The artform of quilting

Quilters immersed in their product: Helen Purllant and Helen Manning. Photo: John Borren.

Their handiwork is in bassinets at Tauranga Hospital’s neonatal unit.

They offer warmth, comfort and colour to the babies struggling at the beginning of life.

You’ll also see them on the beds at the Awhina House women’s shelter and Takitimu House men’s night shelter – bringing a little homeliness to the homeless. And a dying man chose one for a shroud rather than a coffin as he neared his end.

They’re quilts – the creation of about 65 members of the Tauranga Patchwork and Quilters Group.

“They’re comforting,” says 43-year-quilter Helen Purllant. “They’re something very personal. They’re also a very individual artwork.

“Each quilt is based on the maker’s personal experiences, imagery, colour preferences and ideas rather than just traditional patterns.”

Helen prefers her subtle, earthy tones. And the other Helen, Helen Manning, likes her bright colours.

Quilts – those multi-layered textiles – traditionally two or more layers of fabric with a filler material. Originating in the 15th Century in Sweden, quilts were made from silk, wool and felt and were designed to be both decorative and functional.

So nothing’s really changed in the intervening centuries, except that quilting enjoys immense popularity with more than 21 million quilters worldwide.

And there’s a hard core group here in Tauranga.

Twice-a-week, more than 60 members of the Tauranga Patchwork and Quilters Group meet at the Elizabeth St Community and Arts Centre. Some patchworking, some quilting, and lots and lots of camaraderie.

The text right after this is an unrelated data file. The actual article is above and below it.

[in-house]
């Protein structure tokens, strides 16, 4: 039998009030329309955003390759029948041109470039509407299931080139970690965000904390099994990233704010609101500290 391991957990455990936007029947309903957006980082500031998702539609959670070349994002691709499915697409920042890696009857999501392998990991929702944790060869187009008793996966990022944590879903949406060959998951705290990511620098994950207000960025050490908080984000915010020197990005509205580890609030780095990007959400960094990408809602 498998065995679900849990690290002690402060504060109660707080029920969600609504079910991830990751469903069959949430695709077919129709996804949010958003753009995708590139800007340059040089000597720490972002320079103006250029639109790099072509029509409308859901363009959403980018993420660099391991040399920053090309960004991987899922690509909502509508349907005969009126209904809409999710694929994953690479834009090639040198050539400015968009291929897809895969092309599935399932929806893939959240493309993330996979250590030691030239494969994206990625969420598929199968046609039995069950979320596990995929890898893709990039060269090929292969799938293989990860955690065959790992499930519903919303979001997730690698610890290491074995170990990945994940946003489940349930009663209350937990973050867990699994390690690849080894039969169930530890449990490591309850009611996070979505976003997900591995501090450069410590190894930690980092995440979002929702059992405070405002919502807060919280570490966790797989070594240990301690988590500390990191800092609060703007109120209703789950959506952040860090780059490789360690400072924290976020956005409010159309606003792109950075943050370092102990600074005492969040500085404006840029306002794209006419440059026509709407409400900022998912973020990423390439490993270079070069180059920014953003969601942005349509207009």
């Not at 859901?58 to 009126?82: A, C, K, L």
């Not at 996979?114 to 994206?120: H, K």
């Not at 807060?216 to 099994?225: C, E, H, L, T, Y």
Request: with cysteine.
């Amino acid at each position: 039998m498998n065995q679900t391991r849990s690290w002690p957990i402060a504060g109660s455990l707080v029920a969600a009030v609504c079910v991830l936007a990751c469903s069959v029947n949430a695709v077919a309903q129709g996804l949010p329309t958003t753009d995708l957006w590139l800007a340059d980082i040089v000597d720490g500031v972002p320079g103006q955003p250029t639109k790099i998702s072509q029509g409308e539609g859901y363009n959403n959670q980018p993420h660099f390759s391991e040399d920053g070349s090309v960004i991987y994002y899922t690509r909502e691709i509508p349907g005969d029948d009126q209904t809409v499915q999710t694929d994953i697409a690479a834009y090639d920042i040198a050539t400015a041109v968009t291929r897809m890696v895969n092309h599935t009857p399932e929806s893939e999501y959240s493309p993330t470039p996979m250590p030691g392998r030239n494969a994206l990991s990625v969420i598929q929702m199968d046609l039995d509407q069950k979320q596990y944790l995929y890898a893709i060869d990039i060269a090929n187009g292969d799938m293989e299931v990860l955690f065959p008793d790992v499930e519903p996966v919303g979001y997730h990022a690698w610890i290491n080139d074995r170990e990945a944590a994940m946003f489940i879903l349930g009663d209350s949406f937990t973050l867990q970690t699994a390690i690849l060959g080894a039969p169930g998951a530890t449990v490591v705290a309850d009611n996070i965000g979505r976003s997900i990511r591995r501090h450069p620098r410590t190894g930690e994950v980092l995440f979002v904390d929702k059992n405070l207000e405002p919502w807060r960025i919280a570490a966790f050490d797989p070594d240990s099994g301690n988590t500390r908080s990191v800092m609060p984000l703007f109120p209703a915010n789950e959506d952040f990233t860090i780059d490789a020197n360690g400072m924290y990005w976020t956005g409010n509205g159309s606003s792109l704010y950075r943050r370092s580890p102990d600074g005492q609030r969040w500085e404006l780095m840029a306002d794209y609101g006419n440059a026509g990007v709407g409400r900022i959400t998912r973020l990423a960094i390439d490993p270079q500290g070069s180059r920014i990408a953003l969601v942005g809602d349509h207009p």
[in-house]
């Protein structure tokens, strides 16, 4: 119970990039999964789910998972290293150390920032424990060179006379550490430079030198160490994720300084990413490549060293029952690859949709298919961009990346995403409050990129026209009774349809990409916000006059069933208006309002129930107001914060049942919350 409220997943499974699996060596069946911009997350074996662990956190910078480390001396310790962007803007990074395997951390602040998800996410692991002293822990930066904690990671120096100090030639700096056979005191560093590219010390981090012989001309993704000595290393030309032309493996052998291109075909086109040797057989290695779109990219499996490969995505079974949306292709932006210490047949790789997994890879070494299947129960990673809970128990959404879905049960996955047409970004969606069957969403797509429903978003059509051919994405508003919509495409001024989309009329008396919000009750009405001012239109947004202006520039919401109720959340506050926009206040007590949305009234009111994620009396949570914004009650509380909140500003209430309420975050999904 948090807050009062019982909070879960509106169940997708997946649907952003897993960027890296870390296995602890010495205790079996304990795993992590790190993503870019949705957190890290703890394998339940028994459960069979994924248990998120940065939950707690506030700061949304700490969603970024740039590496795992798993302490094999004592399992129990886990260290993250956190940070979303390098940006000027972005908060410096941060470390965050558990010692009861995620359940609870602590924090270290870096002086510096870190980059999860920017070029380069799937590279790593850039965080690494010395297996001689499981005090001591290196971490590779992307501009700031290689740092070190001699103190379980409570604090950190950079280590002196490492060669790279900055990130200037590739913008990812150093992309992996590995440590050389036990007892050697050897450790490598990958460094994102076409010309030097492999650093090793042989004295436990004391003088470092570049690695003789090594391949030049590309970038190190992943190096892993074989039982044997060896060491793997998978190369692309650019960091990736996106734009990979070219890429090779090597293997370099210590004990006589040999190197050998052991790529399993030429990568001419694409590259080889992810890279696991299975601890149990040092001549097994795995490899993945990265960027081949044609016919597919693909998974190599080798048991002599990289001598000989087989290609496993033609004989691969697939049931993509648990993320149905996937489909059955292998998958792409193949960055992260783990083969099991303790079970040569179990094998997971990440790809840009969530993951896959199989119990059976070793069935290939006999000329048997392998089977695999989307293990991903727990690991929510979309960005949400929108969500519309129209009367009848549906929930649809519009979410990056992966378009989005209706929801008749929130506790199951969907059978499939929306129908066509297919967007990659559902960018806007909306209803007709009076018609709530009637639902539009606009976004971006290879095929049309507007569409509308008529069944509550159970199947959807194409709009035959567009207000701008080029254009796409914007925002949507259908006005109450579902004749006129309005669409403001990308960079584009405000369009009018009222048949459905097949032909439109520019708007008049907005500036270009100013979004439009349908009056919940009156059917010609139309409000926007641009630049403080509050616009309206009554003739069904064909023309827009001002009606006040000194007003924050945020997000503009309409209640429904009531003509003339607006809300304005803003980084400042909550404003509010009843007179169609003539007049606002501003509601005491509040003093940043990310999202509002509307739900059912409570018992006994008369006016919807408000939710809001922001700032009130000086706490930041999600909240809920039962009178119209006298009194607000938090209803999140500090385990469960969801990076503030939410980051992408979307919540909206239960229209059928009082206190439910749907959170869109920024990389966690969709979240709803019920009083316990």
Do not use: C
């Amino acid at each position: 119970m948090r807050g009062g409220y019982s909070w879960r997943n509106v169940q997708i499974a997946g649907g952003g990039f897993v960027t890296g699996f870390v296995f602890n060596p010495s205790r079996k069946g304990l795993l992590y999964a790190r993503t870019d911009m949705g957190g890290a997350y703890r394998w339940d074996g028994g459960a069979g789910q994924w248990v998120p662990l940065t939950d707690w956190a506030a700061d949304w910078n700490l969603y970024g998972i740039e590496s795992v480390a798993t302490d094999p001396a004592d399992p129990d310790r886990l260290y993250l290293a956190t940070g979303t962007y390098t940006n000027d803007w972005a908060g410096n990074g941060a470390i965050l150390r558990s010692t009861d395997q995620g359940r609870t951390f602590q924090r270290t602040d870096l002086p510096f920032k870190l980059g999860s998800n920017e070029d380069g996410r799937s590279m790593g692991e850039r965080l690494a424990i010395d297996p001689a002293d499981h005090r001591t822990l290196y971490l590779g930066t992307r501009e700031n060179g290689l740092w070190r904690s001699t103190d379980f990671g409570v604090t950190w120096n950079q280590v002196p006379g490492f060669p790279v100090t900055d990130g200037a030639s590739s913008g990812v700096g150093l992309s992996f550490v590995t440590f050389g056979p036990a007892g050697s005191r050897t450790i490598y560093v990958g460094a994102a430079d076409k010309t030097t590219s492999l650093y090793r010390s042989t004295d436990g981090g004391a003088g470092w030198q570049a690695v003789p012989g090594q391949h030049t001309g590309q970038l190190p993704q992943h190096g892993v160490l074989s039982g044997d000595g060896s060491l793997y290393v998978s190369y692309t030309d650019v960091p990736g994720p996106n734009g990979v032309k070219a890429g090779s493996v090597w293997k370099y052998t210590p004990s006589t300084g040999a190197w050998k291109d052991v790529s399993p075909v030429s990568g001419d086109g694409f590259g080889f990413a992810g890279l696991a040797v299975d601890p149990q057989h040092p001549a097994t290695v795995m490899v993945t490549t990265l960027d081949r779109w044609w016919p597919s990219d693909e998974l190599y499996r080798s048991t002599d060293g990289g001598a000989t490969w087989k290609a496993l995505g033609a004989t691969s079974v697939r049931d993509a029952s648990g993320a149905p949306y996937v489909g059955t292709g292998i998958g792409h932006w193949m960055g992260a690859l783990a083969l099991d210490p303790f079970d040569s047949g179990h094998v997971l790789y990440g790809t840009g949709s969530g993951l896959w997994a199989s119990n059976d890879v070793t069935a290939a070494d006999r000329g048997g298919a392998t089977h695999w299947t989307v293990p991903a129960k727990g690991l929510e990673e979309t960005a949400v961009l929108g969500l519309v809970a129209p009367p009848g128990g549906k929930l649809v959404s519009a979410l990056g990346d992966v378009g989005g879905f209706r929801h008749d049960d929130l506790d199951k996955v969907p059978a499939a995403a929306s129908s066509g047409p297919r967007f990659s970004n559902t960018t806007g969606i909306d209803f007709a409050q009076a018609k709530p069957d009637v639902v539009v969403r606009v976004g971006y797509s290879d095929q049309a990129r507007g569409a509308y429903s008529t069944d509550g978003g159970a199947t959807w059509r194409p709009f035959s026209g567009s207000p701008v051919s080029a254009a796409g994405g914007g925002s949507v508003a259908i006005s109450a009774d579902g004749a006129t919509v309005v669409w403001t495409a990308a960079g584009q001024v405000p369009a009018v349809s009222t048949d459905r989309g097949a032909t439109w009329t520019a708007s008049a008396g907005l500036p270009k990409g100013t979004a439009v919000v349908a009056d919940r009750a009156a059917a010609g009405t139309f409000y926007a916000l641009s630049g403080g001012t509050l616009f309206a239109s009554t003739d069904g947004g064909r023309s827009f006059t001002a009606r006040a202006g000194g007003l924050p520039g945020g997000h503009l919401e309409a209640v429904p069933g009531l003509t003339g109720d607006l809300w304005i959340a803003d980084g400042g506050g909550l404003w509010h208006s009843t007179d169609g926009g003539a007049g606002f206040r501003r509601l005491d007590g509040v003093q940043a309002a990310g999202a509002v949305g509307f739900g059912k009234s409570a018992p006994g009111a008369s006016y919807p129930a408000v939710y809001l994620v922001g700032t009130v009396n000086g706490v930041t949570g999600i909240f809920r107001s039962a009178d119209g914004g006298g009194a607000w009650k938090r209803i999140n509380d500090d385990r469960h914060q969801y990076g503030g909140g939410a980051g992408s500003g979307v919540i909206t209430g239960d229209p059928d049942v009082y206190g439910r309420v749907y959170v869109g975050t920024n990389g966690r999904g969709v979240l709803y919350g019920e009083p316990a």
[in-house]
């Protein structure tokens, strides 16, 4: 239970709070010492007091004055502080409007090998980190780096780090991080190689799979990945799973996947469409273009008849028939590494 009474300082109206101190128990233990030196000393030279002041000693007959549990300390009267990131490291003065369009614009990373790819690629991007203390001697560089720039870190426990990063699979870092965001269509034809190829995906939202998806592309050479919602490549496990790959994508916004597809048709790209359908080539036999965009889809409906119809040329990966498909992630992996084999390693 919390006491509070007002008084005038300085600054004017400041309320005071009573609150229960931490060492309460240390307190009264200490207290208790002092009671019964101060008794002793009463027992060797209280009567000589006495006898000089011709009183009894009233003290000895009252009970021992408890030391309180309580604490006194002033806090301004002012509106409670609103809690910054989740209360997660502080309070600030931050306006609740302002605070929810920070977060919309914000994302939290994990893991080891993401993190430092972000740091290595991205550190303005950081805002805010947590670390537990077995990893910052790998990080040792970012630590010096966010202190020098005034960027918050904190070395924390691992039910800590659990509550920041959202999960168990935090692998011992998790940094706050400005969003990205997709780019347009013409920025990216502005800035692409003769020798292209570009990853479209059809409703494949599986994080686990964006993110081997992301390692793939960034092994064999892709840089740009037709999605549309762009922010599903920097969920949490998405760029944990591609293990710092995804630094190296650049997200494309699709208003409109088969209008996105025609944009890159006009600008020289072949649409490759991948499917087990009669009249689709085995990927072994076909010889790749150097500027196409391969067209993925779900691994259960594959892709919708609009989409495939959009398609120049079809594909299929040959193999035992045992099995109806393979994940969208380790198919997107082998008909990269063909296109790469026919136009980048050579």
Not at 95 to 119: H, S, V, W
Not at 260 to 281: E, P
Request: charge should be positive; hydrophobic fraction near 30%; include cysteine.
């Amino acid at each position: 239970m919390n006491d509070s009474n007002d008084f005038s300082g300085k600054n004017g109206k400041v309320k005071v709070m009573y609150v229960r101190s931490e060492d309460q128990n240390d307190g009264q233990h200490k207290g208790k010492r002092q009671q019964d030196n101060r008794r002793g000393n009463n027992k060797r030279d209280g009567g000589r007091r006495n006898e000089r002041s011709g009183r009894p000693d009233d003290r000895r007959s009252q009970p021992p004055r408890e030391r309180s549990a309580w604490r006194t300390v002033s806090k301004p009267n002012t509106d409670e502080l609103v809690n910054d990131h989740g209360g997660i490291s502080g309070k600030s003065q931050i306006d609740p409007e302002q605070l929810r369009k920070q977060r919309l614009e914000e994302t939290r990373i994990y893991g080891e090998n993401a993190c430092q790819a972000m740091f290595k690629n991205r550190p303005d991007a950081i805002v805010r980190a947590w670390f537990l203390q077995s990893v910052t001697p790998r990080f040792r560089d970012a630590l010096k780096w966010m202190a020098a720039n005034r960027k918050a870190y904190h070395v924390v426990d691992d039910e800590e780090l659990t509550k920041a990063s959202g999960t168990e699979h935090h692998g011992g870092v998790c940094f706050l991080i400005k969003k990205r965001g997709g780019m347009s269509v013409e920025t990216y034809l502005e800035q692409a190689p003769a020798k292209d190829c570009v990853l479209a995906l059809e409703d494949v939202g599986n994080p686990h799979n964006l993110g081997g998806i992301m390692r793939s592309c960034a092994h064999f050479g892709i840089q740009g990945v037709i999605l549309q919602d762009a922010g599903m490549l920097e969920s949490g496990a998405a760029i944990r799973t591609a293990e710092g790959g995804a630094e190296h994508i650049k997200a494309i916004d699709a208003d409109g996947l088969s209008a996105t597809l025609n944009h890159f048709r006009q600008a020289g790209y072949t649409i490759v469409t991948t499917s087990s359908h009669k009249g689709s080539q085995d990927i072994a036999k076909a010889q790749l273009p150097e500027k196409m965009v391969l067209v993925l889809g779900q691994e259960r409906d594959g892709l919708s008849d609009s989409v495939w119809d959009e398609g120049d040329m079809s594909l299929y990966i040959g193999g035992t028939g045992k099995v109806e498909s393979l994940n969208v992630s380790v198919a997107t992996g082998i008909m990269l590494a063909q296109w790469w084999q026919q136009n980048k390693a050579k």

Statistics tell us the average quilter is 65 years old, has been quilting for 10 years and spends at least six hours weekly at their craft.

The USA is still the home of quilting – that’s why quilters the world over still work in Imperial feet, inches and yards. But there’s a crossover.

“So we end up with three or four metres of yardage,” jokes relative newcomer Helen Manning.

She’s only been quilting for six or seven years.

“At first I couldn’t be bothered. Too fiddley. But chopping up stuff and sewing it together is therapeutic.”

That ‘stuff’ is pure cotton fabrics, which can cost the thick end of $30 per metre...of yardage.

And there’s lots of yardage.

“It’s hoarding,” says Helen Purllant.

“Cupboards full of collected material that maybe one day will be used for patchworking and quilting. We call it a stash.”

“You go to a show, or a fabric shop, something stands out and you think: ‘Gotta have that’,” says Helen Manning.

The annual International Quilt Festival in Houston, Texas, attracts 55,000 devotees from 35 countries, 1000 vendor stalls and more than 1600 quilts. It’s big business.

Even here In Tauranga, the group’s quilt shows attract more than 600 people during a few days.

It’s an artform, a hobby that’s endured and flourished. Email Tauranga Patchworkers and Quilters Group at: Or phone 0274177581.

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